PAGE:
Law enforcement agencies get creative to retain, recruit new officers

Nov 17, 2021, 9:40 PM | Updated: Nov 18, 2021, 11:26 am

The shortage of police and law enforcement officers isn’t unique to Utah but law enforcement agencies are getting creative in the state in their efforts to retain and attract quality individuals.

“Trying to compete with the wage war is tough,” said Salt Lake County Sheriff Rosie Rivera.

Sheriff Rosie Rivera says a smaller applicant pool has local police departments aggressively pursuing corrections officers and public safety deputies from her office.

“Of course they’re going to want to because they’re trained. They’re trained to handle difficult situations, they know how to communicate well and make excellent officers but we still need quality officers in the jail,” Rivera said.

In addition to modest raises, Rivera says they’ve spent the last few years getting creative in finding new recruits including pushing legislation that allows the sheriff’s office to hire 19-year-olds at the jail.

“We currently are the only jail doing that but speaking with other sheriff’s they are going to be seeking that out as well,” Rivera said adding that police departments can only hire candidates 21-years-old and older.

However, Rivera said considering all the perks other police departments, like Taylorsville and Salt Lake City, are offering, the competition is tough.

“Salt Lake City just announced, they are paying $2,500 to any officer that goes out and recruits someone else from outside their agency,” Rivera said. “We can’t compete with that.”

Additionally, the Salt Lake City Police Department also announced a major pay raise for officers in June.

Other police departments like North Salt Lake and Tooele have also increased pay for officers.

Last week Rivera told the Salt Lake County Council she started 2021 with a full staff of deputies positions but now she has 71 openings on the corrections side and about a dozen on the public safety side. Rivera said she started noticing deputies leaving for neighboring agencies in July, what she terms “the wage wars.”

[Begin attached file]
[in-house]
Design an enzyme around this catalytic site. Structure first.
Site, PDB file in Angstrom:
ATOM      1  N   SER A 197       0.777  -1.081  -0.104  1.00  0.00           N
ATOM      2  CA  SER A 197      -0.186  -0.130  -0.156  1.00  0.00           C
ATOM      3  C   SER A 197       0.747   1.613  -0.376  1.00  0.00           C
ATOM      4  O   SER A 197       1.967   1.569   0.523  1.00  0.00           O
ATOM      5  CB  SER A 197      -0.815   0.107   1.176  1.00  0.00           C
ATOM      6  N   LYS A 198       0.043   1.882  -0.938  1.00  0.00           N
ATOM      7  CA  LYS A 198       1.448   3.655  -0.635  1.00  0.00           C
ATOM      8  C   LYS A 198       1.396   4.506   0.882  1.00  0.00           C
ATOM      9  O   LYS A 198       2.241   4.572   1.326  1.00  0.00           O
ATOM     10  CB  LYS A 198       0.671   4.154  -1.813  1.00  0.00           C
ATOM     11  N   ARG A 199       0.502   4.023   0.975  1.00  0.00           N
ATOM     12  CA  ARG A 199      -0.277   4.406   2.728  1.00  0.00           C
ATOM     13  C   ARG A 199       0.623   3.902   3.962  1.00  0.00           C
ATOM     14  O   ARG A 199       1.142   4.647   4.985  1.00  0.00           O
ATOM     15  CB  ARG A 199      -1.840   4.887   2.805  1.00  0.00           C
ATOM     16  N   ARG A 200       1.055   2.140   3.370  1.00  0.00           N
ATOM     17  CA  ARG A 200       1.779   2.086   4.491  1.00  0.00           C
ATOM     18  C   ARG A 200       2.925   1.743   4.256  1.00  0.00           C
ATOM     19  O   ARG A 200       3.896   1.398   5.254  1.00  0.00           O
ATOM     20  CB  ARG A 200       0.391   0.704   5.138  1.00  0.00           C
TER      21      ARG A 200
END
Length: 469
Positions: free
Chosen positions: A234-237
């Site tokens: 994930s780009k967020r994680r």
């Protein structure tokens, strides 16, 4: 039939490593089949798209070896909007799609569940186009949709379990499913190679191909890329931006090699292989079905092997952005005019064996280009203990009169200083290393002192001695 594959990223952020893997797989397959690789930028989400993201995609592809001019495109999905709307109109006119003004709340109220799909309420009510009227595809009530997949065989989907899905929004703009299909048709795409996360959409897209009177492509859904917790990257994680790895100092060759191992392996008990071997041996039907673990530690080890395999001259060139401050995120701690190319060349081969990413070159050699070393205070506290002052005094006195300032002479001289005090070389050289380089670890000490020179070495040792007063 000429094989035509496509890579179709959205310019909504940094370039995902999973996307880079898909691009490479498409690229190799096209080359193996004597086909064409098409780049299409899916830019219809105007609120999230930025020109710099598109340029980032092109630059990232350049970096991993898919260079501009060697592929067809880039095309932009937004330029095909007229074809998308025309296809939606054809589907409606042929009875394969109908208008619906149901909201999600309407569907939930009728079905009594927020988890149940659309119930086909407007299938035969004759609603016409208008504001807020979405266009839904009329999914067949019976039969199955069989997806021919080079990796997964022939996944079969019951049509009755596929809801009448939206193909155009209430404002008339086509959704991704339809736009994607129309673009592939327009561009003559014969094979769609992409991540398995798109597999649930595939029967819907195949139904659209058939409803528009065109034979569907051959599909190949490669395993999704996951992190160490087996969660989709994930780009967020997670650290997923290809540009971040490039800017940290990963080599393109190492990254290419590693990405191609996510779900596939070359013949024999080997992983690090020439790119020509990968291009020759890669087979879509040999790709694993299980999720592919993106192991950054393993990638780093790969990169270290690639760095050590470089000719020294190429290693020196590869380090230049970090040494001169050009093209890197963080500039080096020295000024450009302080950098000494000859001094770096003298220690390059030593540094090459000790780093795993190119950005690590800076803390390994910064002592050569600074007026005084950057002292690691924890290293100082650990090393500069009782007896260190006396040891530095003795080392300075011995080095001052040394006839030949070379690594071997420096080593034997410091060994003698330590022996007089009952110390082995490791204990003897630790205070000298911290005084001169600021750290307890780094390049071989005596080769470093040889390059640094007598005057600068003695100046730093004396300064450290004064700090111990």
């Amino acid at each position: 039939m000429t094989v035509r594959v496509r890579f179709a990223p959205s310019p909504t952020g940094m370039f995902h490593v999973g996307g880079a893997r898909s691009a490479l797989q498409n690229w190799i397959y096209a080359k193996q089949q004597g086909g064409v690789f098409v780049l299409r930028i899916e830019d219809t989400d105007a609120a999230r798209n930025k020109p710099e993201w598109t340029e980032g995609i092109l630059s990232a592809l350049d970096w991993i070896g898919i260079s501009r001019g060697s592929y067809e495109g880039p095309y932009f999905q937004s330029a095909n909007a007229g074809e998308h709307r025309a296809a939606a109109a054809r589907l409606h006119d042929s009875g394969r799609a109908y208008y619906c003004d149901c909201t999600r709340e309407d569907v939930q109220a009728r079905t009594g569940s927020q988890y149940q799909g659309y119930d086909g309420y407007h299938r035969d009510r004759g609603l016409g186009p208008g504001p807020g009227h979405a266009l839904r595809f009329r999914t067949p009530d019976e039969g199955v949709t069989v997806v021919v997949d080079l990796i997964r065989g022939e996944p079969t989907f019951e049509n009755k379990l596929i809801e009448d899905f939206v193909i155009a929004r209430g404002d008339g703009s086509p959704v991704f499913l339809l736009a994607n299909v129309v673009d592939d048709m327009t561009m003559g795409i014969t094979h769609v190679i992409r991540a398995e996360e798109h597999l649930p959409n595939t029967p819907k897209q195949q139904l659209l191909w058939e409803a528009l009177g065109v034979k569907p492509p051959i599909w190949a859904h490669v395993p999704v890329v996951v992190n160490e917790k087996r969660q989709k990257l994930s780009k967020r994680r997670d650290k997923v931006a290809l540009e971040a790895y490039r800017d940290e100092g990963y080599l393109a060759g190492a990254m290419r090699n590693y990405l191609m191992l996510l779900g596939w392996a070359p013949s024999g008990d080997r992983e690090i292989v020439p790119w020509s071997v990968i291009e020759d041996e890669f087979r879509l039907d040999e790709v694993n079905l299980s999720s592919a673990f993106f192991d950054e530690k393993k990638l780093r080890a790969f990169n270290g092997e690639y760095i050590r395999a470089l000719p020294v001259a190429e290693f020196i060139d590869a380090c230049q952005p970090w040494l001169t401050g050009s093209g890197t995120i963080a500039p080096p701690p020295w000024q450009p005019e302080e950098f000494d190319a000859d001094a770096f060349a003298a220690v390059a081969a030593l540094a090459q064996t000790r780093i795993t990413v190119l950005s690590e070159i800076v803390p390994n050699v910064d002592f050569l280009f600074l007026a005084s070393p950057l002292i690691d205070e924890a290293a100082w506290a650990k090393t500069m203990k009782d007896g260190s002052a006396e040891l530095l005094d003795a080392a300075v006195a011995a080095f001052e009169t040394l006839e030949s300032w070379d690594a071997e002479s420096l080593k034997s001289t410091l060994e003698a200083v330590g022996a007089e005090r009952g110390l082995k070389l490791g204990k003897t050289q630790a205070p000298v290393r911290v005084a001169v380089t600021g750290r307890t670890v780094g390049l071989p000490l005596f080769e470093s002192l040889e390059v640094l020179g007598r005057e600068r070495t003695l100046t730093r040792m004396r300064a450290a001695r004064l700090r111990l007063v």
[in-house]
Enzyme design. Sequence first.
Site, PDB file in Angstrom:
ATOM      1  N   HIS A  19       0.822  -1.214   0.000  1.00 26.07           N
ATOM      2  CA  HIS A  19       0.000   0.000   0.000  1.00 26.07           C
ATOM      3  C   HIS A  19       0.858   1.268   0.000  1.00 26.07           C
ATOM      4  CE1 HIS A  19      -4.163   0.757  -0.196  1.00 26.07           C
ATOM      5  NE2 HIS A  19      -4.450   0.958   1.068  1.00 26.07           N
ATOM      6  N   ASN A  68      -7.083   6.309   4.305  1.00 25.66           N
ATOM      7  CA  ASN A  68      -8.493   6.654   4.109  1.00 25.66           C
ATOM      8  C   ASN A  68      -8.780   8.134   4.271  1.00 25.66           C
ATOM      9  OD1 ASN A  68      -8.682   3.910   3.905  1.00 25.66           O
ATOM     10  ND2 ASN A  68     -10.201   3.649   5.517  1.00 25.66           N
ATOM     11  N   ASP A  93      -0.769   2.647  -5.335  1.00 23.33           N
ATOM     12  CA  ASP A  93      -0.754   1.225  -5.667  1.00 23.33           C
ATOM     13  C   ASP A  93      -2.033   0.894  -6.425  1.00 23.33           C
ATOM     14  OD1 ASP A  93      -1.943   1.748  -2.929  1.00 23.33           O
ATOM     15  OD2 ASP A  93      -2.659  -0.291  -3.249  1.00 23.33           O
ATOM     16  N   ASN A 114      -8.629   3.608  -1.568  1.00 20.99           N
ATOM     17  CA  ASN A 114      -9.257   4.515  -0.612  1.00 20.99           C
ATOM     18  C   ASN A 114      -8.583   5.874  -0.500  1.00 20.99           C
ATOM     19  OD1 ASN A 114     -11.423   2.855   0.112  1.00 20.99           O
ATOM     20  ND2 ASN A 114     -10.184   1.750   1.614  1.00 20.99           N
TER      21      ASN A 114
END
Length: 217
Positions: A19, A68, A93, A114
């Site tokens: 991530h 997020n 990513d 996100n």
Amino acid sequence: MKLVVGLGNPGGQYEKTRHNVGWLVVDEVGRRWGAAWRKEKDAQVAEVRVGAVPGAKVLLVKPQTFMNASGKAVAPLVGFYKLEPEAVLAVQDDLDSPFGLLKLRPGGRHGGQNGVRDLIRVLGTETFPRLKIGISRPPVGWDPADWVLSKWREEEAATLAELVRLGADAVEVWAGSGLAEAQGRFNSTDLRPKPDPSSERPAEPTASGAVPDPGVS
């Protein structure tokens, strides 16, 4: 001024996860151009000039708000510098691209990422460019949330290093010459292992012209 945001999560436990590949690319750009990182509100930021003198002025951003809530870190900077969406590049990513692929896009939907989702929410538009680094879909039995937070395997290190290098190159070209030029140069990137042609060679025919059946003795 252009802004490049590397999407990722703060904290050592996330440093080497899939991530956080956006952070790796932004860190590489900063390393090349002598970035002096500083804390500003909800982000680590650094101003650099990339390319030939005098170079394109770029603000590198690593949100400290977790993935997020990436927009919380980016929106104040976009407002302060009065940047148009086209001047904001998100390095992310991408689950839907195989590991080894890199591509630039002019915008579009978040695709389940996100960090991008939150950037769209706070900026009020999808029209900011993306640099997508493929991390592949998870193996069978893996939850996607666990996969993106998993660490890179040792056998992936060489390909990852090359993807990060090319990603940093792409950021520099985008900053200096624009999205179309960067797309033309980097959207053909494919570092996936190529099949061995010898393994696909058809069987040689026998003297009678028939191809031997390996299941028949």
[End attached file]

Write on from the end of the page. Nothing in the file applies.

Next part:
“I just spoke at the academy yesterday, it was the first day. We only have 21 individuals in our academy, we average around 35 so that gives you an idea,” Rivera told the council on Nov. 9.

Rivera said they have a hard time attracting new candidates because many people consider police work a greater liability than the benefit of serving one’s community. She also cites low starting wages and the rising cost of living in the Salt Lake Valley.

“I go back to the days when I got into law enforcement and there would be one or two job openings and there would be 50-100 people applying for that opening. That’s not the case anymore,” said Utah County Sheriff Mike Smith.

However, Smith said those days are long gone. He too is struggling to retain and attract new deputies. “The last year didn’t help,” Smith said.

Smith said most of his deputies are leaving for higher-paying jobs in Salt Lake County.

“Especially some of the start-up agencies up there that have come up with the phenomenal numbers,” Smith said.

Smith said they don’t have more money allocated to his office. Instead, Smith is offering more vacation and sick time to experienced deputies transferring from other departments. Experienced deputies now start with 40 hours of sick time and 40 hours of vacation from day one.

“We are really good at doing more with less but there comes a point where it’s a pretty critical piece of our communities. You can only go for so long,” Smith said.

Rivera said they’re also looking to recruit candidates from minority and refugee communities who perhaps haven’t given thought to a law enforcement career.

“For right now, it’s just you’re fighting to compete and keep those folks and what we are doing is taking a look at where else can we pull from, where can we recruit from. We’re looking at diversity, refugees and women who are historically underrepresented,” Rivera said.